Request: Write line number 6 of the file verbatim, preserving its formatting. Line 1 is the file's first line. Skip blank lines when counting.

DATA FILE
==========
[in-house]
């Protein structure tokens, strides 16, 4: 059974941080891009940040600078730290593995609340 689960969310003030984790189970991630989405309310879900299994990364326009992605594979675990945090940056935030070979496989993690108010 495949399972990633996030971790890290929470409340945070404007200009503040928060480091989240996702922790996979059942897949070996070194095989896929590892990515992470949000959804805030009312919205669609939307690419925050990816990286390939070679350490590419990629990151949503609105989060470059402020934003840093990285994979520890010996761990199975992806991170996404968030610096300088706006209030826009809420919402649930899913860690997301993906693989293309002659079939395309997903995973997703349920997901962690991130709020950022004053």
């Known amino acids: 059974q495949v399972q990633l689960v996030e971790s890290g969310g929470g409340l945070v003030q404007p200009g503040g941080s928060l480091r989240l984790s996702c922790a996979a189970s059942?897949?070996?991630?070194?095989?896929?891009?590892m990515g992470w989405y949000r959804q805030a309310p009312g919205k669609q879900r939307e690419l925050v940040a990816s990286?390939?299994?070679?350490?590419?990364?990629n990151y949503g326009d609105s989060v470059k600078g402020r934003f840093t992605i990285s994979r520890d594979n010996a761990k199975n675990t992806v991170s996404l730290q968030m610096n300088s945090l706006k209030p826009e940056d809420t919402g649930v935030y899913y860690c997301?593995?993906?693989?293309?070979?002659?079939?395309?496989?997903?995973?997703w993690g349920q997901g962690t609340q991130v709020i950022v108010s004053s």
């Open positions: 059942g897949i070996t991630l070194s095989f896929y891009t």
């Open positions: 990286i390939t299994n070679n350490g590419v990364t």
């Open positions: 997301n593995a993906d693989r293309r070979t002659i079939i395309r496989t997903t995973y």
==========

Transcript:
């Open positions: 997301n593995a993906d693989r293309r070979t002659i079939i395309r496989t997903t995973y």